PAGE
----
Australia-funded refugee program under scanner in Papua New Guinea

The administration in Port Moresby has committed to conducting an official investigation into the allegations of widespread corruption and incompetence inside the refugee support program in Papua New Guinea that Australia sponsors.

Following claims made by a whistleblower working within PNG’s immigration authority that millions of dollars may have been improperly spent, John Rosso, the deputy prime minister of PNG and also the minister for immigration, has mandated an investigation into the whereabouts of the funds in question.

“The serious allegations made by the whistleblower, separate complaints raised by other parties, the local and international media coverage on it, and the undertaking by the Australian government to investigate the program require our government to carry out our own audit into the arrangement,” said Rosso. “The local and international media coverage on it has also made it necessary.”

He stated that he had written to PNG’s chief migration officer Stanis Hulahau, demanding a report on the covert Australian-funded refugee help plan. The contents of the scheme have been continually rejected to be made public by both Port Moresby and Canberra.

“I directed that the report should cover the current management of the program,” Rosso stated, “the bilateral funding that is involved, and the process involved in the management of the funds with a list of all of the service providers.”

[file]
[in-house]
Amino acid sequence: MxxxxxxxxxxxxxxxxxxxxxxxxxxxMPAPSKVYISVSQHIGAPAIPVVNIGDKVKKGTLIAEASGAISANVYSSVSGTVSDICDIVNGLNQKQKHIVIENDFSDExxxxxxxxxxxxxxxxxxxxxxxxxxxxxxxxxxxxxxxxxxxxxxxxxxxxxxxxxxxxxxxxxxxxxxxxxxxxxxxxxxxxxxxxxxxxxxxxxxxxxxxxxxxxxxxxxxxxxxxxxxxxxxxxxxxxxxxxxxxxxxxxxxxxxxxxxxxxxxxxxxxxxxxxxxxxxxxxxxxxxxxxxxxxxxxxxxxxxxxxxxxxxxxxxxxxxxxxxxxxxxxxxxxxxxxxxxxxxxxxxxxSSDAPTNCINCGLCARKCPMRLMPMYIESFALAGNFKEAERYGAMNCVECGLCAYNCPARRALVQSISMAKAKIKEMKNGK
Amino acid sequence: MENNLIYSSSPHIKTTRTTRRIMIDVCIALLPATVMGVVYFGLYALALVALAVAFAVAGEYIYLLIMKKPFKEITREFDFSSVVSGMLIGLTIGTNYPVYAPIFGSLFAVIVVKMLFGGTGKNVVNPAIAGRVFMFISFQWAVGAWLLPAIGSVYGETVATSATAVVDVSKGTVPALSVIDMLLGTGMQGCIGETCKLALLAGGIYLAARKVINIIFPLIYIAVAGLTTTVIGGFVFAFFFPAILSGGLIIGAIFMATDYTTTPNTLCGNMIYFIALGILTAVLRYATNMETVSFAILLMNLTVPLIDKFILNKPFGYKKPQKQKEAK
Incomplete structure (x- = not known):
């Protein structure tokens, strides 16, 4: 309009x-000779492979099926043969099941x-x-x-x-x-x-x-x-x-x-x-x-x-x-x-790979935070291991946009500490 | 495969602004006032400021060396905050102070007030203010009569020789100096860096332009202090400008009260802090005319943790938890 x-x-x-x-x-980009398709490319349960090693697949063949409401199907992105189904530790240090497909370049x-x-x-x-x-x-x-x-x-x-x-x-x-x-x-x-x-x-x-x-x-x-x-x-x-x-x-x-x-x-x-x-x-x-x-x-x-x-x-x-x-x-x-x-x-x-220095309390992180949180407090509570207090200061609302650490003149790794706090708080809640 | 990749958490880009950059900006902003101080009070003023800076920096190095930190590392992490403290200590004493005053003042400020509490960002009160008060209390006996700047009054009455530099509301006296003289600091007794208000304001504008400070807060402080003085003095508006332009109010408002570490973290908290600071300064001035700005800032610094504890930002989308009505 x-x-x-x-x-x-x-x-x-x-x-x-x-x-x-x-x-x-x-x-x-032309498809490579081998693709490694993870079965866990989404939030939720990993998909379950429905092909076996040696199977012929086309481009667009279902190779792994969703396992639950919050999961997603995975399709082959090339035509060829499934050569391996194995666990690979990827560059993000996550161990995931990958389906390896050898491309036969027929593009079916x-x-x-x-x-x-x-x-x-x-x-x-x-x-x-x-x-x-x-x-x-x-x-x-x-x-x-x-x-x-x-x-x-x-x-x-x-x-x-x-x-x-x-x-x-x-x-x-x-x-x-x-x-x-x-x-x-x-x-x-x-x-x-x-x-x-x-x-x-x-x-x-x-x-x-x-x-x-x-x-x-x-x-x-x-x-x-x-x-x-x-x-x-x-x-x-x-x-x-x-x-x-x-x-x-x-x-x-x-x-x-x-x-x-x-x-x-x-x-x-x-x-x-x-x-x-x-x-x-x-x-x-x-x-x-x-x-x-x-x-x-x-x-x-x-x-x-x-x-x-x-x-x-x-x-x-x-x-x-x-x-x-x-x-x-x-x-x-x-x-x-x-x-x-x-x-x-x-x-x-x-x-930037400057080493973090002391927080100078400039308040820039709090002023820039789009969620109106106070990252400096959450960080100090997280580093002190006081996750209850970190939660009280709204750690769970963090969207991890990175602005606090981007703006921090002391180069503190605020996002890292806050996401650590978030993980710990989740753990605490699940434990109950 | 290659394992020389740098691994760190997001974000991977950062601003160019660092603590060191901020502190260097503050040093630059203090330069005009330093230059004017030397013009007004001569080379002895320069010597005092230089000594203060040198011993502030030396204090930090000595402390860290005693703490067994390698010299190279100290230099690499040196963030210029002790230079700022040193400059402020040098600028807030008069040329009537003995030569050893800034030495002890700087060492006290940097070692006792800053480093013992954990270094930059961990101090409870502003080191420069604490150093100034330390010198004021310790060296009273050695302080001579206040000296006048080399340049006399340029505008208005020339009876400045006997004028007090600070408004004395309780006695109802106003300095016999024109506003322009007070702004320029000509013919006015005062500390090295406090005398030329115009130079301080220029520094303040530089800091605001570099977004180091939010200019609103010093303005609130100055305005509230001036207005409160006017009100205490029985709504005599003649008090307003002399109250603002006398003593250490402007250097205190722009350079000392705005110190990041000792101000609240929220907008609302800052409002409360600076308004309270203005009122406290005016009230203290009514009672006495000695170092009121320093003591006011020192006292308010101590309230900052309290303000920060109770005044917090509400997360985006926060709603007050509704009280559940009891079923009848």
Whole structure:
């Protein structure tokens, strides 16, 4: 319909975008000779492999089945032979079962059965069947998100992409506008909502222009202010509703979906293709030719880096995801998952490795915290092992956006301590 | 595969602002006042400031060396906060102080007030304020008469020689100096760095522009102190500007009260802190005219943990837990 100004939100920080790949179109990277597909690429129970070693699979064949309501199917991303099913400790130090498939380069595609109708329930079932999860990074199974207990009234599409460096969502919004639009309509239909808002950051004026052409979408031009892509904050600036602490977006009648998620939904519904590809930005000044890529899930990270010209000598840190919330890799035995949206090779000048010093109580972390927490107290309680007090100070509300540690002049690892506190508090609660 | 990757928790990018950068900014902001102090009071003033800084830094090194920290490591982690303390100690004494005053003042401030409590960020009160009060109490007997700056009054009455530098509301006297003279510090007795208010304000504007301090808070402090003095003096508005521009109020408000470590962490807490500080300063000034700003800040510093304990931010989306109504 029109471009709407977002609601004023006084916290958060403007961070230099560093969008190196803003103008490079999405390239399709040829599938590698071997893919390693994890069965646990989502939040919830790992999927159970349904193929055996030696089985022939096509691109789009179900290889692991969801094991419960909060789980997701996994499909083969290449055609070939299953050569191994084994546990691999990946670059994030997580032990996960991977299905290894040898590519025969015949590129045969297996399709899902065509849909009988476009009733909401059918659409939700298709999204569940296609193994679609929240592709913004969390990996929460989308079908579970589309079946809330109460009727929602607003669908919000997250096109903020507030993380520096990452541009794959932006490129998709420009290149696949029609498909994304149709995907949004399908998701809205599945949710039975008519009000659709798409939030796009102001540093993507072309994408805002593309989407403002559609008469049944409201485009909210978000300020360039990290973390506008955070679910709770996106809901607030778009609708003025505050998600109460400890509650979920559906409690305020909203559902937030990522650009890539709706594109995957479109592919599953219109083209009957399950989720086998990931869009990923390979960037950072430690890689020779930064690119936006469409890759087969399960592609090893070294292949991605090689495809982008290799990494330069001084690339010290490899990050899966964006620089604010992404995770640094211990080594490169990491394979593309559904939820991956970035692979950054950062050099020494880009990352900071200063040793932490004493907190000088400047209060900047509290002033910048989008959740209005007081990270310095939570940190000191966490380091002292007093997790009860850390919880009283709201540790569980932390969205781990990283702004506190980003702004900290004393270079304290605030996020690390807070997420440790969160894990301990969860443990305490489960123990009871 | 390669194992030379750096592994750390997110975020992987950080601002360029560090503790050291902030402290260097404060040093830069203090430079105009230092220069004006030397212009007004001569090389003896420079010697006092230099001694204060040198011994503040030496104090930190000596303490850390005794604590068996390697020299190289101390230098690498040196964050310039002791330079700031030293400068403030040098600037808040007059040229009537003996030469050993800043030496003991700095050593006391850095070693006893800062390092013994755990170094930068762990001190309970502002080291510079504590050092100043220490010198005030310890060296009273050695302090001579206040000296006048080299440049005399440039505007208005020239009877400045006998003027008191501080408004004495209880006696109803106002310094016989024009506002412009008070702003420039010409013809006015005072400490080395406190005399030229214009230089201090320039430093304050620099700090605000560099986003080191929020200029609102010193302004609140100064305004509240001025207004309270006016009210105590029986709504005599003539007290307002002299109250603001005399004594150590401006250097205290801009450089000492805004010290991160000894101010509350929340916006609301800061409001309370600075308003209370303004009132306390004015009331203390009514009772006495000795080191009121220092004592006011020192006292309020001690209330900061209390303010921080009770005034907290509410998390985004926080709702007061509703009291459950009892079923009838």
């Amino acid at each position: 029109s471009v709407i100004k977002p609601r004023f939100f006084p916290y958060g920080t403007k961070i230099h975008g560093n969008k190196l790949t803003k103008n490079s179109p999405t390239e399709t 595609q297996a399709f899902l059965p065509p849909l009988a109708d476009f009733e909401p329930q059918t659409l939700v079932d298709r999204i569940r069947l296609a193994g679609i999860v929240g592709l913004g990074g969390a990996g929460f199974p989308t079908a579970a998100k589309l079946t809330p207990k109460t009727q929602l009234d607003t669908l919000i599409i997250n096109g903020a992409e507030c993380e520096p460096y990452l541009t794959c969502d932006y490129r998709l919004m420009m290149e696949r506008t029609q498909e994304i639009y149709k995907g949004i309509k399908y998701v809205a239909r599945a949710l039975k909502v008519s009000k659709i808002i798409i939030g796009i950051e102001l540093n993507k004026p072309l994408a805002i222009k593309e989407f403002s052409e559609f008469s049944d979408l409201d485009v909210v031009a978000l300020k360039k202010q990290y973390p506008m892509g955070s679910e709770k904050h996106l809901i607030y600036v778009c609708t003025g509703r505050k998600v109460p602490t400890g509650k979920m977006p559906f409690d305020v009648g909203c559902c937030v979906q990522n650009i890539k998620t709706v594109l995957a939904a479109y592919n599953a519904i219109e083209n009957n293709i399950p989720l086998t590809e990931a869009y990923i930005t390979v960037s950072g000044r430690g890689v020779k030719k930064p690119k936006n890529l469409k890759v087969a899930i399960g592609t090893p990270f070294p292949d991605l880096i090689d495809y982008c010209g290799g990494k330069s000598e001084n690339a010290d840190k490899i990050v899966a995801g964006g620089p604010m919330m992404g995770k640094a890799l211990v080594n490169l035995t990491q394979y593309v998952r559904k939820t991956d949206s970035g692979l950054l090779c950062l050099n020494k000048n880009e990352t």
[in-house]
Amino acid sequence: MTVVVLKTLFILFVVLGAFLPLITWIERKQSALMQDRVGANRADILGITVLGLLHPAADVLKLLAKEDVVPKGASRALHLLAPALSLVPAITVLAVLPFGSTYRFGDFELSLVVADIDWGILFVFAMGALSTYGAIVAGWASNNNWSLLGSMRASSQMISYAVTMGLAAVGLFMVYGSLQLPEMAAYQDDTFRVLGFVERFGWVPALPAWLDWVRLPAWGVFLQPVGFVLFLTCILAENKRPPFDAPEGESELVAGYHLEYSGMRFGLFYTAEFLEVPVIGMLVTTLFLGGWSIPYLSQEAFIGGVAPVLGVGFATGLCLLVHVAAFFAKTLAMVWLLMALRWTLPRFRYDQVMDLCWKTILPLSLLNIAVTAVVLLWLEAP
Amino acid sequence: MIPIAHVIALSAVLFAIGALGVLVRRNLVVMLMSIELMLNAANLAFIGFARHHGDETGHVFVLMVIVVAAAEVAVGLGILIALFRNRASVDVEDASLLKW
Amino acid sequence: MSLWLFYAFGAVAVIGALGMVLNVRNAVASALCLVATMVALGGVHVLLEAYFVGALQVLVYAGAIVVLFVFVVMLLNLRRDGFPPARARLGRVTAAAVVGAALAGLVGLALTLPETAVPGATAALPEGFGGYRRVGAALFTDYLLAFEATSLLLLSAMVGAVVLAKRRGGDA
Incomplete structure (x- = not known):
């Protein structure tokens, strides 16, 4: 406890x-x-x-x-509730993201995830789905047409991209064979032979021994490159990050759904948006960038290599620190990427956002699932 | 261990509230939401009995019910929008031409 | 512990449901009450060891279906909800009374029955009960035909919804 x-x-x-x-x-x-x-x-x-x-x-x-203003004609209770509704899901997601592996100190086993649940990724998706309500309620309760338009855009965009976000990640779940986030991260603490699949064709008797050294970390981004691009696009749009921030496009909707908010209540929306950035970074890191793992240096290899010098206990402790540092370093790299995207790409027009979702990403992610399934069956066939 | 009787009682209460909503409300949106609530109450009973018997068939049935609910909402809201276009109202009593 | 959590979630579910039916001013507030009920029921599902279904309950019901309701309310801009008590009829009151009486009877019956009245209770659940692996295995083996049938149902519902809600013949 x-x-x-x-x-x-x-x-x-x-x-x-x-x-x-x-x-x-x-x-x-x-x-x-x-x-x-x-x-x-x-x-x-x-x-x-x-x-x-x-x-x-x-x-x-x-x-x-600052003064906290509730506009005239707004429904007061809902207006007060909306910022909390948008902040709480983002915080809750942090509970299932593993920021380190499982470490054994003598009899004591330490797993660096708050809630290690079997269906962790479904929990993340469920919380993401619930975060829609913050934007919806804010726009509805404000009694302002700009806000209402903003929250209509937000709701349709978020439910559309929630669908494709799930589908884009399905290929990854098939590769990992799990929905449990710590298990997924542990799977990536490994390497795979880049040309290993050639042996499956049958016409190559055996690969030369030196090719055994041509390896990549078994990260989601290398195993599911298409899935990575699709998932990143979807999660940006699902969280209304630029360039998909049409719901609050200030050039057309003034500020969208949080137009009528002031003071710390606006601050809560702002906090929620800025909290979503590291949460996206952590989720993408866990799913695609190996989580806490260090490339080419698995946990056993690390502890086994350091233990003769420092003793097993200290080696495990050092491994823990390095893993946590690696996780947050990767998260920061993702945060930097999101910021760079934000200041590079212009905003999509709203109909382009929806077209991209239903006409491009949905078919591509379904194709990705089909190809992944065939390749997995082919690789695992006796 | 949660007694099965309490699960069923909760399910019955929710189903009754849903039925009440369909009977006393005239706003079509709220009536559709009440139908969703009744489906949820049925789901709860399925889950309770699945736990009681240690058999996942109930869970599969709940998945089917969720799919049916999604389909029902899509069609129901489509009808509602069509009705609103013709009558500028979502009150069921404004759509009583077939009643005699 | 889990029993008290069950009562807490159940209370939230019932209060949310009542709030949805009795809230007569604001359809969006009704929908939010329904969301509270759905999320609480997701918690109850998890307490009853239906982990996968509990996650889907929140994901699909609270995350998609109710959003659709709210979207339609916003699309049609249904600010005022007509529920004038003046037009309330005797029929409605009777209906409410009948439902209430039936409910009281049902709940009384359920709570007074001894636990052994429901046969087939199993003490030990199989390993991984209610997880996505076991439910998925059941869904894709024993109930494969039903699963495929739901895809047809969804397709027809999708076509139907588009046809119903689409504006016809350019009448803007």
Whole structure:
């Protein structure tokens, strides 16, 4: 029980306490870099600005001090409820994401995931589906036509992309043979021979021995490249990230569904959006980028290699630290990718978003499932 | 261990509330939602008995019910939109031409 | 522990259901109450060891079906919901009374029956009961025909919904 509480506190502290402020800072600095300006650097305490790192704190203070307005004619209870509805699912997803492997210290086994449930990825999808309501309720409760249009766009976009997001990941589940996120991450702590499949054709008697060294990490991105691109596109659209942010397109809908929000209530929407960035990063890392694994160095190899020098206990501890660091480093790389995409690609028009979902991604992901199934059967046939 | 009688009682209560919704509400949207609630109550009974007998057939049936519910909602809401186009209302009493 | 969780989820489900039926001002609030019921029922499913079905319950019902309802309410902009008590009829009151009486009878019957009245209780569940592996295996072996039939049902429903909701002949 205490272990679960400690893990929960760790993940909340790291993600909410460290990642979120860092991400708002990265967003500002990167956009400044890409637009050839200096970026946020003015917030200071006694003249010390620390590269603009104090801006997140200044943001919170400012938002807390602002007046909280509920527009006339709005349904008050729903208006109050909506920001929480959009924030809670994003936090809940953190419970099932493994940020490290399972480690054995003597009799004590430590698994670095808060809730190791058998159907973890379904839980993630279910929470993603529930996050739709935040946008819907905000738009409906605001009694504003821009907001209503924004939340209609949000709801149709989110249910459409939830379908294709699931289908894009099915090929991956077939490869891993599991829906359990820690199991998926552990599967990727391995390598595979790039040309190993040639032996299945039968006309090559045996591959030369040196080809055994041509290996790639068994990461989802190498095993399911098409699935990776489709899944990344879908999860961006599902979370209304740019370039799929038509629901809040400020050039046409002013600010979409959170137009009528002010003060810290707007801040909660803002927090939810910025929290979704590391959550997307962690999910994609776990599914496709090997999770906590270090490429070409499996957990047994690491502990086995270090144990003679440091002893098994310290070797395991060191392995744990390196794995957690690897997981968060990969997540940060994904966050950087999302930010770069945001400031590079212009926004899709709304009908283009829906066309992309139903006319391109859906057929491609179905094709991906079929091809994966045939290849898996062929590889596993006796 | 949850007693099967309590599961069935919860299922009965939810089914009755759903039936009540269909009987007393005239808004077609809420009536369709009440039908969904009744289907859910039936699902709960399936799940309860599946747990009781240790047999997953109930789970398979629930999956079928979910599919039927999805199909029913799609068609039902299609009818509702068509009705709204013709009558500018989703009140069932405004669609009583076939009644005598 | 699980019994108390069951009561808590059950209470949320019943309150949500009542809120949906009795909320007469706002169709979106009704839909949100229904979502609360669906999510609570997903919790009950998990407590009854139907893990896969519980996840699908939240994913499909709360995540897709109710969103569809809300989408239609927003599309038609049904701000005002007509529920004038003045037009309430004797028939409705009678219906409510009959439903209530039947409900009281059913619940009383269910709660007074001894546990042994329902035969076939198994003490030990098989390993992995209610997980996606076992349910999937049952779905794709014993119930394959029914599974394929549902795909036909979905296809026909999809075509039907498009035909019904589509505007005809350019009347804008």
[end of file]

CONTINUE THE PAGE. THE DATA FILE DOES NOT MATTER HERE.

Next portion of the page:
Hulahau stated that the claims of corruption were untrue and were motivated by malice in an interview that he gave to the media a week ago.

He declared, “What is being said is not true,” and he meant it. These assertions are untrue, and you have not supplied any proof to support them.

“The funds have not been stolen or misappropriated in any way; rather, the money has been utilized by the service providers who have carried out the services in question. They were employed in a proper manner. There is not the slightest hint of impropriety.”

PNG’s humanitarian program was made possible by Australia through a contract that was signed in 2021 by the then-Morrison government. The specifics of this deal were not made public at the time, and the Albanese government continues to refuse to disclose them.

Refugees who were exiled to Papua New Guinea by Australia as part of the offshore detention regime that was originally maintained on Manus Island before the PNG supreme court ordered the center to close down were supposed to be provided with housing, medical care, and other forms of support under the terms of the agreement.

The majority of the 64 refugees and asylum seekers who are still being kept on Manus Island, the final cohort from the Manus detention center, have been detained in Papua New Guinea for the past ten years and are in bad physical and mental health as a result.